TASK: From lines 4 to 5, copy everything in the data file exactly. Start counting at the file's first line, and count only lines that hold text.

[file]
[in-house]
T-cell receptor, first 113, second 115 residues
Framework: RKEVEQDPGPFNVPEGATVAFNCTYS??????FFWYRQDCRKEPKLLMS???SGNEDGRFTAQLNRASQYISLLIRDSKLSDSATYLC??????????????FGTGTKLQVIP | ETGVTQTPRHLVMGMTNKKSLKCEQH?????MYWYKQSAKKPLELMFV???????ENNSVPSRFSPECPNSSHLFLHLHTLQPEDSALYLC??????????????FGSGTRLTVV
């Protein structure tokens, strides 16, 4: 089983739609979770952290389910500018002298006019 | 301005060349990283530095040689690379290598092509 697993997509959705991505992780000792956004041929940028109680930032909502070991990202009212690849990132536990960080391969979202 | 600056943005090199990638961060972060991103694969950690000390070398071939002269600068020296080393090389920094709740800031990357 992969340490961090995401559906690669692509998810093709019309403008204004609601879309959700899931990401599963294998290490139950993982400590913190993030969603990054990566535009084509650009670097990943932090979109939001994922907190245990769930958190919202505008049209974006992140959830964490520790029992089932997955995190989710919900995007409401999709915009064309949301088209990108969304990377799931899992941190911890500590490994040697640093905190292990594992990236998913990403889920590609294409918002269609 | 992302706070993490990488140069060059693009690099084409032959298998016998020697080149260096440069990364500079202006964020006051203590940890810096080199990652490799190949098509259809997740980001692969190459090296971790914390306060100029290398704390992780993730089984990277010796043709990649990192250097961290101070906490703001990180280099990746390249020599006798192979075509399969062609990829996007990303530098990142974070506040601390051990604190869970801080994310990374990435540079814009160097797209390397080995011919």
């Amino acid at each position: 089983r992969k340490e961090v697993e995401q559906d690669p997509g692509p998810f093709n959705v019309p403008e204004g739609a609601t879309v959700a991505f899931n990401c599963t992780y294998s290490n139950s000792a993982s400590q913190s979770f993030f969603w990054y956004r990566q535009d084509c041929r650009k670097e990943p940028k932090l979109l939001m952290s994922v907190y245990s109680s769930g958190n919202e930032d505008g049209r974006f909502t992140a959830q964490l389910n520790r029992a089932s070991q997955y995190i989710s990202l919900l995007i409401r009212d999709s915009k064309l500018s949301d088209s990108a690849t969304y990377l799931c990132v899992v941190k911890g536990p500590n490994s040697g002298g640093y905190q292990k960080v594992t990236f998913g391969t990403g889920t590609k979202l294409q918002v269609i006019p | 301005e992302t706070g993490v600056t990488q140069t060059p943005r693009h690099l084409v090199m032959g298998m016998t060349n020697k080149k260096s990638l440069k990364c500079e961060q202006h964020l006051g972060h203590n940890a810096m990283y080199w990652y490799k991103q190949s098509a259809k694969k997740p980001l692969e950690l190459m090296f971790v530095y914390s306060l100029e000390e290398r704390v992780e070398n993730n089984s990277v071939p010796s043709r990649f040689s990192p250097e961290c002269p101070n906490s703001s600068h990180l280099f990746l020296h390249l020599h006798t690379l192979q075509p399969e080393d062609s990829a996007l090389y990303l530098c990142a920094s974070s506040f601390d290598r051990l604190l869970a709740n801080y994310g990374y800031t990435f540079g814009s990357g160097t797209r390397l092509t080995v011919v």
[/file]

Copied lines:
């Protein structure tokens, strides 16, 4: 089983739609979770952290389910500018002298006019 | 301005060349990283530095040689690379290598092509 697993997509959705991505992780000792956004041929940028109680930032909502070991990202009212690849990132536990960080391969979202 | 600056943005090199990638961060972060991103694969950690000390070398071939002269600068020296080393090389920094709740800031990357 992969340490961090995401559906690669692509998810093709019309403008204004609601879309959700899931990401599963294998290490139950993982400590913190993030969603990054990566535009084509650009670097990943932090979109939001994922907190245990769930958190919202505008049209974006992140959830964490520790029992089932997955995190989710919900995007409401999709915009064309949301088209990108969304990377799931899992941190911890500590490994040697640093905190292990594992990236998913990403889920590609294409918002269609 | 992302706070993490990488140069060059693009690099084409032959298998016998020697080149260096440069990364500079202006964020006051203590940890810096080199990652490799190949098509259809997740980001692969190459090296971790914390306060100029290398704390992780993730089984990277010796043709990649990192250097961290101070906490703001990180280099990746390249020599006798192979075509399969062609990829996007990303530098990142974070506040601390051990604190869970801080994310990374990435540079814009160097797209390397080995011919």
């Amino acid at each position: 089983r992969k340490e961090v697993e995401q559906d690669p997509g692509p998810f093709n959705v019309p403008e204004g739609a609601t879309v959700a991505f899931n990401c599963t992780y294998s290490n139950s000792a993982s400590q913190s979770f993030f969603w990054y956004r990566q535009d084509c041929r650009k670097e990943p940028k932090l979109l939001m952290s994922v907190y245990s109680s769930g958190n919202e930032d505008g049209r974006f909502t992140a959830q964490l389910n520790r029992a089932s070991q997955y995190i989710s990202l919900l995007i409401r009212d999709s915009k064309l500018s949301d088209s990108a690849t969304y990377l799931c990132v899992v941190k911890g536990p500590n490994s040697g002298g640093y905190q292990k960080v594992t990236f998913g391969t990403g889920t590609k979202l294409q918002v269609i006019p | 301005e992302t706070g993490v600056t990488q140069t060059p943005r693009h690099l084409v090199m032959g298998m016998t060349n020697k080149k260096s990638l440069k990364c500079e961060q202006h964020l006051g972060h203590n940890a810096m990283y080199w990652y490799k991103q190949s098509a259809k694969k997740p980001l692969e950690l190459m090296f971790v530095y914390s306060l100029e000390e290398r704390v992780e070398n993730n089984s990277v071939p010796s043709r990649f040689s990192p250097e961290c002269p101070n906490s703001s600068h990180l280099f990746l020296h390249l020599h006798t690379l192979q075509p399969e080393d062609s990829a996007l090389y990303l530098c990142a920094s974070s506040f601390d290598r051990l604190l869970a709740n801080y994310g990374y800031t990435f540079g814009s990357g160097t797209r390397l092509t080995v011919v």